ParkCuchulain / Wikimedia Commons

Just in case you thought you could parent whatever way you see fit in 2014 America:

A North Augusta mother is in jail after witnesses say she left her nine-year-old daughter at a nearby park, for hours at a time.

Hours at a time? At a park? In the summer? Gosh! That certainly sounds normal and fun like a reason to throw a mom in jail—and place the child in state custody.

Here are the facts: Debra Harrell works at McDonald's in North Augusta, South Carolina. For most of the summer, her daughter had stayed there with her, playing on a laptop that Harrell had scrounged up the money to purchase. (McDonald's has free WiFi.) Sadly, the Harrell home was robbed and the laptop stolen, so the girl asked her mother if she could be dropped off at the park to play instead.

Harrell said yes. She gave her daughter a cell phone. The girl went to the park—a place so popular that at any given time there are about 40 kids frolicking—two days in a row. There were swings, a "splash pad," and shade. On her third day at the park, an adult asked the girl where her mother was. At work, the daughter replied.

The shocked adult called the cops. Authorities declared the girl "abandoned" and proceeded to arrest the mother.

Watch the news: It sounds like Debra Harrell committed a serious, unconscionable crime. The reporter looks ready to burst with contempt. But what are the facts? She let her daughter play at the park for several hours at a time—like we did as kids. She gave her a daughter a phone if she needed to call. Any "danger" was not only theoretical, it was exceedingly unlikely.

But, "What if a man would've come and snatched her?" said a woman interviewed by the TV station.

free-range-kidsTo which I must ask: In broad daylight? In a crowded park? Just because something happened on Law & Order doesn't mean it's happening all the time in real life. Make "what if?" thinking the basis for an arrest and the cops can collar anyone. "You let your son play in the front yard? What if a man drove up and kidnapped him?" "You let your daughter sleep in her own room? What if a man climbed through the window?" etc.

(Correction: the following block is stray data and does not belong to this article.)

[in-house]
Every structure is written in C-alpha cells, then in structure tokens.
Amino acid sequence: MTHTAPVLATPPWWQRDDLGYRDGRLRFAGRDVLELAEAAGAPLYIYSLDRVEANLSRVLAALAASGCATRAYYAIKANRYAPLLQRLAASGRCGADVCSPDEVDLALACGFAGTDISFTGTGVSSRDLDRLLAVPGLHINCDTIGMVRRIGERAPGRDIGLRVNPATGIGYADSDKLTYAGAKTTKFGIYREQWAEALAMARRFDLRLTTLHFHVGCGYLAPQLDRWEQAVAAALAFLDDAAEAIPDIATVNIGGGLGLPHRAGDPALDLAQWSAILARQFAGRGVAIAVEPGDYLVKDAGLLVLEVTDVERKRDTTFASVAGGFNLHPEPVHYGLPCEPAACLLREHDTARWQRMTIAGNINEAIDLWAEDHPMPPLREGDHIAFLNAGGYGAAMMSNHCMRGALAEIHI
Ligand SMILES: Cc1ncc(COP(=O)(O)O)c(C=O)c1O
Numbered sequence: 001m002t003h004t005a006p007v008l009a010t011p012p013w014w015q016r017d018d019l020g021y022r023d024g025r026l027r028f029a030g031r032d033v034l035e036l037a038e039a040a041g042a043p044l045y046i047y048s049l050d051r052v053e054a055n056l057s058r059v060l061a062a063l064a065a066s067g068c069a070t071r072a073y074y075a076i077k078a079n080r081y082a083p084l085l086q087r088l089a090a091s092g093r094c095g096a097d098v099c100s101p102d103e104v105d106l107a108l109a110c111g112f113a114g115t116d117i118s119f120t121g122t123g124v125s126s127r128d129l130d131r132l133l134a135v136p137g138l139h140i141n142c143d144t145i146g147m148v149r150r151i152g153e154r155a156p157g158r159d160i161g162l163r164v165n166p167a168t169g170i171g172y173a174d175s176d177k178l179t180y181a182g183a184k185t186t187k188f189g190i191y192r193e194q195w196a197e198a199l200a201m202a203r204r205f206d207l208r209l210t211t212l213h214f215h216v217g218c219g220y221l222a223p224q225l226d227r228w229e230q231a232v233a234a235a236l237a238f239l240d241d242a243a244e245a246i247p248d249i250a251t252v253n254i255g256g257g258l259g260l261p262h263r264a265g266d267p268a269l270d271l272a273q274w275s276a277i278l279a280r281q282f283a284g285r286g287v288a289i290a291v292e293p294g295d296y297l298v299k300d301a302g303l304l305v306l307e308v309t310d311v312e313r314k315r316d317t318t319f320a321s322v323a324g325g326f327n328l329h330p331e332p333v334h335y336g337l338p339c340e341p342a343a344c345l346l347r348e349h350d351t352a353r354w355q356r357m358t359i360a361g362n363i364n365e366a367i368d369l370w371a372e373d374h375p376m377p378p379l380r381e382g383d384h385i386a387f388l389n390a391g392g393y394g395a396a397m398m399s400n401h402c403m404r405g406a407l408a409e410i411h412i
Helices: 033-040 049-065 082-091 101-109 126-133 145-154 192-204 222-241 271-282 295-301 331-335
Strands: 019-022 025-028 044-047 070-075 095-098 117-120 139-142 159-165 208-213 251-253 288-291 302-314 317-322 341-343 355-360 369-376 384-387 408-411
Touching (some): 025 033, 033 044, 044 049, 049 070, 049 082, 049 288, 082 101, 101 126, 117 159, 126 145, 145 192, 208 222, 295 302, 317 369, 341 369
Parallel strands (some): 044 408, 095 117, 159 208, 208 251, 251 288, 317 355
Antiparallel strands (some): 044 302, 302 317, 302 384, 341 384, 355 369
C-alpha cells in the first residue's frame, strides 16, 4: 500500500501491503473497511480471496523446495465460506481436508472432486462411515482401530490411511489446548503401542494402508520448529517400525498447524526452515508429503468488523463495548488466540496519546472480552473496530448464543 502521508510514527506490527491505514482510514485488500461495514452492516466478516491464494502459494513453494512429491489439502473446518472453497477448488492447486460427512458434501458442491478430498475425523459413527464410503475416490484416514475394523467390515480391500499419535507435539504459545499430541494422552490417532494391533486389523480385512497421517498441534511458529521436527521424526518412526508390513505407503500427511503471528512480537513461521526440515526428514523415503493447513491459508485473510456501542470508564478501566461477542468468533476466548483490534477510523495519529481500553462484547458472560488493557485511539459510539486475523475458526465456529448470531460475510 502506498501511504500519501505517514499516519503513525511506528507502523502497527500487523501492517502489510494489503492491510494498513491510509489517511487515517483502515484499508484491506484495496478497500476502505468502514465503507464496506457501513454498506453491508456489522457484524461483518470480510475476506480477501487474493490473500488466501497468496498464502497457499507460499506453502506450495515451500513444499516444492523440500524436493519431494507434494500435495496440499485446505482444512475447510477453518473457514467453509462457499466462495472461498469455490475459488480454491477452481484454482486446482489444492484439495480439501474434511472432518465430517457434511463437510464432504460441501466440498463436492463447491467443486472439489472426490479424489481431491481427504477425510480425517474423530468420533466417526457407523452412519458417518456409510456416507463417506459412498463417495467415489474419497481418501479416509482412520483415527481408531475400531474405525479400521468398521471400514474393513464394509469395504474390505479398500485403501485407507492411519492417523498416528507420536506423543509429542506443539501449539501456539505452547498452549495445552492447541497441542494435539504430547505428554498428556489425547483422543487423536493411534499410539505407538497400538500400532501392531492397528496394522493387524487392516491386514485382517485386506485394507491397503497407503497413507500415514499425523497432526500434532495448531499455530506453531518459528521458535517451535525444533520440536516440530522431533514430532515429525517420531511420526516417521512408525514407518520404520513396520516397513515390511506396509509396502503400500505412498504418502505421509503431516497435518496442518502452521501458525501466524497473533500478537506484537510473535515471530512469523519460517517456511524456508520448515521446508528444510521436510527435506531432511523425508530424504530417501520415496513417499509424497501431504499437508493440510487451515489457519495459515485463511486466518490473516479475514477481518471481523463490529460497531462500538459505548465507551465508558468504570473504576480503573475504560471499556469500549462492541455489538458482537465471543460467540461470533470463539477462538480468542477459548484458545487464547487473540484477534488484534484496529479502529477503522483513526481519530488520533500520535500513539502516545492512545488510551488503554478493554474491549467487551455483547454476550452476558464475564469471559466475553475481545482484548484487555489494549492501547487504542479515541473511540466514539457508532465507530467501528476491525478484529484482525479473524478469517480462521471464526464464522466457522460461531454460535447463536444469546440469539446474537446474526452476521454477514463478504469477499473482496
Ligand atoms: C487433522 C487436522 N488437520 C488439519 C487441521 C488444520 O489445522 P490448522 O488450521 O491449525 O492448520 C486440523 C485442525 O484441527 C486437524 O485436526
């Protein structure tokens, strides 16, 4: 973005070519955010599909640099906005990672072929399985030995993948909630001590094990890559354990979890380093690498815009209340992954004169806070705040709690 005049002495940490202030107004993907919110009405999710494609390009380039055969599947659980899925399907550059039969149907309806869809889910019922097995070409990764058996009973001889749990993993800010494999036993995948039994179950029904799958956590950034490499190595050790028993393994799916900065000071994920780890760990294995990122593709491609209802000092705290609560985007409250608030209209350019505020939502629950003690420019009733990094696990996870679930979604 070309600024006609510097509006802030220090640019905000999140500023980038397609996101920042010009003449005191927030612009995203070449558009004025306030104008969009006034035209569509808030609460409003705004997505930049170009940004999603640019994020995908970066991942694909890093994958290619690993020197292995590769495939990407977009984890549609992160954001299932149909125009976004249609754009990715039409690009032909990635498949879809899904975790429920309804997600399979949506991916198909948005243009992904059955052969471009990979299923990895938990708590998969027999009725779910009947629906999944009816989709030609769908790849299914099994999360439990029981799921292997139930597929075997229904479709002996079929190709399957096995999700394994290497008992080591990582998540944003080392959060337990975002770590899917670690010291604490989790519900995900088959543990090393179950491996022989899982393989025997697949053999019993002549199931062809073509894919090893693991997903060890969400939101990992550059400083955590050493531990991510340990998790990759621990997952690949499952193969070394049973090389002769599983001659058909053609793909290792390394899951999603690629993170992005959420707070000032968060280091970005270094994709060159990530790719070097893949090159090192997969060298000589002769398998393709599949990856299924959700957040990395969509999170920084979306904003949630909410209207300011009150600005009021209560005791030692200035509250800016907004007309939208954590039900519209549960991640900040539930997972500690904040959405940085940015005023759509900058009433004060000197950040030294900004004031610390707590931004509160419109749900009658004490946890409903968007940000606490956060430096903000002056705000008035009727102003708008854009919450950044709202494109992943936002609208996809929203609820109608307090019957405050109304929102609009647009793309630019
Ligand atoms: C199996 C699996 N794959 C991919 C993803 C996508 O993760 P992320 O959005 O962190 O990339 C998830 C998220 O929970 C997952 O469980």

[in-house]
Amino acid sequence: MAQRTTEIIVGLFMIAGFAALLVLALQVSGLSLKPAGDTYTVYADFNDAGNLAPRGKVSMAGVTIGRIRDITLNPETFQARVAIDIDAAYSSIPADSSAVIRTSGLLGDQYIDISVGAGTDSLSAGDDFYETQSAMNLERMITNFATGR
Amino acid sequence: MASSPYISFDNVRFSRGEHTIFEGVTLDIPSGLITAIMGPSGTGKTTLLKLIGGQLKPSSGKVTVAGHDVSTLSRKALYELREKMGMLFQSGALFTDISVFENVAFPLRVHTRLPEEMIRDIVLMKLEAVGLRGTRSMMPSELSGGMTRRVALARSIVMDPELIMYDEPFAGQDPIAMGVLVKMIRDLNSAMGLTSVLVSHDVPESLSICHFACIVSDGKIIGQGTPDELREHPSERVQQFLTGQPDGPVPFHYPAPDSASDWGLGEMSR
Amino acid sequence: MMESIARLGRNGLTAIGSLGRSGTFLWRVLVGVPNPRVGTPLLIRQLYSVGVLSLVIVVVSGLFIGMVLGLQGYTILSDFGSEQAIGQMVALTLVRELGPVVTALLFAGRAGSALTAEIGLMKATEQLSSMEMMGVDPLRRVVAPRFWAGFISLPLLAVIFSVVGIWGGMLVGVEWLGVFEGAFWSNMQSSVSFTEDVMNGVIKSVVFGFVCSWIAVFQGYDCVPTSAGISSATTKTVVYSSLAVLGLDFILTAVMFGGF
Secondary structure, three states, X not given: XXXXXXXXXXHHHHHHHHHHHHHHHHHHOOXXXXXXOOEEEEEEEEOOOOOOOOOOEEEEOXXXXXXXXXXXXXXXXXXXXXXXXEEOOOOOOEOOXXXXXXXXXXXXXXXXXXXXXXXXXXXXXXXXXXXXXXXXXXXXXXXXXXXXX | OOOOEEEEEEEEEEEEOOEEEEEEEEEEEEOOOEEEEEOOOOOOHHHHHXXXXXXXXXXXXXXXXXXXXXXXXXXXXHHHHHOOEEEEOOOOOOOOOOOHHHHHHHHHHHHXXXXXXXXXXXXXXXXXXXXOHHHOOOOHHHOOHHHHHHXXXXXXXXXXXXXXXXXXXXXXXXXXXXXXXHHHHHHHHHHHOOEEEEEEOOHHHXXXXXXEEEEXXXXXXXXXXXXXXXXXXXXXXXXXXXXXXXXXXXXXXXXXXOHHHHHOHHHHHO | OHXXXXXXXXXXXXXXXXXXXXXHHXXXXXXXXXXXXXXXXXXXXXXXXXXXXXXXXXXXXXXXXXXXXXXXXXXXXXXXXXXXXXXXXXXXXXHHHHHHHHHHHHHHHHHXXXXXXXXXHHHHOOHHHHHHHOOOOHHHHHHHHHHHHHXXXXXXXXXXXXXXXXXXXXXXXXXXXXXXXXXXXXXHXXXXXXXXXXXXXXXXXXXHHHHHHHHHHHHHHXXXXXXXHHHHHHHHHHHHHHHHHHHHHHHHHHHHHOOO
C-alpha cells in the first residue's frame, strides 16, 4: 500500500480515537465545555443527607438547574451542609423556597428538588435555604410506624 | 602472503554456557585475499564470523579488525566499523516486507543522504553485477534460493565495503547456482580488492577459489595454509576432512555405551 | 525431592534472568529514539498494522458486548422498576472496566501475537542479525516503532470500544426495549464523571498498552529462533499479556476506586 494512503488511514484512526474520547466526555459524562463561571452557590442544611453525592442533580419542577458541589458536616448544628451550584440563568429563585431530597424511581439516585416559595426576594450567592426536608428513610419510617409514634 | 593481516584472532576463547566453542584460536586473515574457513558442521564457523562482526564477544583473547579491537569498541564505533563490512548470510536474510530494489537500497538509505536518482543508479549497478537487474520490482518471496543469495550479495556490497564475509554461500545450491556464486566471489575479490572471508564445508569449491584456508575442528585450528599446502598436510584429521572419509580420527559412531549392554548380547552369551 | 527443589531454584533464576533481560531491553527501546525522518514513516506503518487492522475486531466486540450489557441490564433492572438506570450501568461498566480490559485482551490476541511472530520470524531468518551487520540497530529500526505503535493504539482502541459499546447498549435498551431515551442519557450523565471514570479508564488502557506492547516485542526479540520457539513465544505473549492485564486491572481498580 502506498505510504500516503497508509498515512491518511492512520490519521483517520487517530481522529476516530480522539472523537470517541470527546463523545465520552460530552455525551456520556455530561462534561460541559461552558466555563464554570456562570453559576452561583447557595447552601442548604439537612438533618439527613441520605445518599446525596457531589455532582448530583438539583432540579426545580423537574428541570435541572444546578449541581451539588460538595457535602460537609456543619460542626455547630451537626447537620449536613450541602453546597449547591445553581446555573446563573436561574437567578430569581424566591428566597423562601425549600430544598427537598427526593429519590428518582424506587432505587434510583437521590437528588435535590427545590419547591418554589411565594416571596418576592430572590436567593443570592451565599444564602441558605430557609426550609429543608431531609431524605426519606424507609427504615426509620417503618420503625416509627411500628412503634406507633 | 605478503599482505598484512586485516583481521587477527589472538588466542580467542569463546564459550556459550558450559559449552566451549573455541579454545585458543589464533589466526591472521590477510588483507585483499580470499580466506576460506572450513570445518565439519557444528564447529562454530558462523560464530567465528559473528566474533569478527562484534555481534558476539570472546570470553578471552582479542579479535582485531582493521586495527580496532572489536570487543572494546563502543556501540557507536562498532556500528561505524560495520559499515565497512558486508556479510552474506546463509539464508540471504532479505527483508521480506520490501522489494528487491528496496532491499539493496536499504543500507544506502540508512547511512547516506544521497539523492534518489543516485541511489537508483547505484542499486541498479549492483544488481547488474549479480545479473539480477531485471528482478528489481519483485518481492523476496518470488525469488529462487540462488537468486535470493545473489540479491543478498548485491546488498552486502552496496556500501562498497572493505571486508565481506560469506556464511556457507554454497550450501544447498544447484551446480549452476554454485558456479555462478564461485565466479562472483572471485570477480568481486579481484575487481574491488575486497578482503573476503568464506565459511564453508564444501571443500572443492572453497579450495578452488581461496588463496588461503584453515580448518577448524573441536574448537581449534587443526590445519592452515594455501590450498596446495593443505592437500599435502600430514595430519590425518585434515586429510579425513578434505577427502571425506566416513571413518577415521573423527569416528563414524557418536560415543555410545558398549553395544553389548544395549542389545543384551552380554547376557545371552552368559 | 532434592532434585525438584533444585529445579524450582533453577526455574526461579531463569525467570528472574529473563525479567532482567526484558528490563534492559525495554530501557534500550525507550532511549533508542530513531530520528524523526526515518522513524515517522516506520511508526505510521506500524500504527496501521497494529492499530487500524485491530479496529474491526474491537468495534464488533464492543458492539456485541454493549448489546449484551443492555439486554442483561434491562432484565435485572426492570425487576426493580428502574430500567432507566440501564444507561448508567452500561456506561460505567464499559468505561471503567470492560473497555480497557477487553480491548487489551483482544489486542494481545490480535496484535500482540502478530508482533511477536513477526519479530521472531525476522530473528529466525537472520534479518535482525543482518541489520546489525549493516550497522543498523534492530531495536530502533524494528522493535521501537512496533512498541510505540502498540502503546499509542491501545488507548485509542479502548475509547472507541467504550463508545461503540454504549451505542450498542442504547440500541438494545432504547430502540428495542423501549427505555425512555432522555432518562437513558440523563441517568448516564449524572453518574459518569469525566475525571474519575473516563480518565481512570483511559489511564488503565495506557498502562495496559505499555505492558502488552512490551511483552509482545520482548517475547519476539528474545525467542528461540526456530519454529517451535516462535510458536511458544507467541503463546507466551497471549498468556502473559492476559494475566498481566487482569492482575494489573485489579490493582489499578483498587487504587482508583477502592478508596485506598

These fears pop into our brains so easily, they seem almost real. But they're not. Our crime rate today is back to what it was when gas was 29 cents a gallon, according to The Christian Science Monitor. It may feel like kids are in constant danger, but they are as safe (if not safer) than we were when our parents let us enjoy the summer outside, on our own, without fear of being arrested. 

But because some busybody thought she knew more about this girl's safety than the girl's own mother, a family has been separated. Harrell is in jail and the child is in the custody of the Department of Social Services. If only the girl had spent her whole summer sitting in McDonald's—surfing the internet and eating a Big Mac instead of playing outside and getting fresh air—this never would have happened.